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(800) 742-5877 is a Scam Call

Alternately: +18007425877

Reported Name:

UPS Scam In Chinese

Reported Category:

Scam

User Reputation

Negative

RoboKiller Block Status

Blocked

Last Call

3 hours ago

Total Calls

12,507

Based On

865 user reports

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The information on this site is based on available user feedback.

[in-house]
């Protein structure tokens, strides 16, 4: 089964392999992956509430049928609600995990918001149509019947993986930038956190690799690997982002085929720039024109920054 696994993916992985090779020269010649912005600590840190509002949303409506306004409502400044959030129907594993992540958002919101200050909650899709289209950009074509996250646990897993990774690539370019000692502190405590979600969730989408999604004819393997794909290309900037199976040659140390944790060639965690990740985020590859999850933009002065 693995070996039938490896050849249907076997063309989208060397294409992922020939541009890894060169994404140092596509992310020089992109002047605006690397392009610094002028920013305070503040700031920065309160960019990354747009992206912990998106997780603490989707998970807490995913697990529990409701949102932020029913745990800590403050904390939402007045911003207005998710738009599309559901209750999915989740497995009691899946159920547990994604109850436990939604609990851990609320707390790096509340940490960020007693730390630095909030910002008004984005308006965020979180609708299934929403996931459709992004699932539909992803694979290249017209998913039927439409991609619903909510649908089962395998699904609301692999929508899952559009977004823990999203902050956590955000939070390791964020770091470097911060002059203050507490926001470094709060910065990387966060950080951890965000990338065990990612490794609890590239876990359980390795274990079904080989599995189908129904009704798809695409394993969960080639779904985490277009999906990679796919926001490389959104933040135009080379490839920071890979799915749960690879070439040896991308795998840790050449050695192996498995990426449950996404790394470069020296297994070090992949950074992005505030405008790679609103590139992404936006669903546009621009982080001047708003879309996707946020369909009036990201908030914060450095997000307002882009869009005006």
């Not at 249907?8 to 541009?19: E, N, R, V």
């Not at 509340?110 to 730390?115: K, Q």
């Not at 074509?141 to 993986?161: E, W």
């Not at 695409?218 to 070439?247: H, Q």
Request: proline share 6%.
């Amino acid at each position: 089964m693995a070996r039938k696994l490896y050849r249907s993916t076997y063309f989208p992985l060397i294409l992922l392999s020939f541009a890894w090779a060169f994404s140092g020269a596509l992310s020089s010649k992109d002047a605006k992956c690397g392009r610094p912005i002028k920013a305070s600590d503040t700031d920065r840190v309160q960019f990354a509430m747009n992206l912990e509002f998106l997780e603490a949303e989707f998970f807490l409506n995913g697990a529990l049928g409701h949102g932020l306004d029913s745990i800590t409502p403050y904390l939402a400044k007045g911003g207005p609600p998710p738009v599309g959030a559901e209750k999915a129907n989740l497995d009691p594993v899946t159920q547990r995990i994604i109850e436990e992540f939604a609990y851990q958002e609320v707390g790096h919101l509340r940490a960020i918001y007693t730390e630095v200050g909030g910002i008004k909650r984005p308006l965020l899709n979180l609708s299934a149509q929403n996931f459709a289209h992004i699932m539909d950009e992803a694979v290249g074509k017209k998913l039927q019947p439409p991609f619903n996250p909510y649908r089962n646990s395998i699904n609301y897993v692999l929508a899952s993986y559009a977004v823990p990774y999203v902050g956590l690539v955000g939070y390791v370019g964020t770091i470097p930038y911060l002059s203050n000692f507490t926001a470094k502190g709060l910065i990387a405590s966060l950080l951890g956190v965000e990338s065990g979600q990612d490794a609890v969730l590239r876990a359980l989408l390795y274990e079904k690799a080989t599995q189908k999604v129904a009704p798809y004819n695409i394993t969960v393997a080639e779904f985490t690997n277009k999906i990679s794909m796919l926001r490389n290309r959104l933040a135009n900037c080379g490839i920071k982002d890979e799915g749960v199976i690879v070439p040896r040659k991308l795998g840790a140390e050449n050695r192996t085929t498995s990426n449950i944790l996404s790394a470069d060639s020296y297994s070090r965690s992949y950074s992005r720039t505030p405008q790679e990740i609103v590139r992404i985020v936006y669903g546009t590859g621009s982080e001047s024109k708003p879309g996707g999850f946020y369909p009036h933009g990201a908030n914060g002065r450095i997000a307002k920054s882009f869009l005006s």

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23 user reports for (800) 742-5877

The comments below are user submitted reports by third parties and are not endorsed by RoboKiller.

January 15, 2021

none

This is a valid UPS customer support phone number

December 16, 2020

allow

this for my job

July 1, 2020

Scam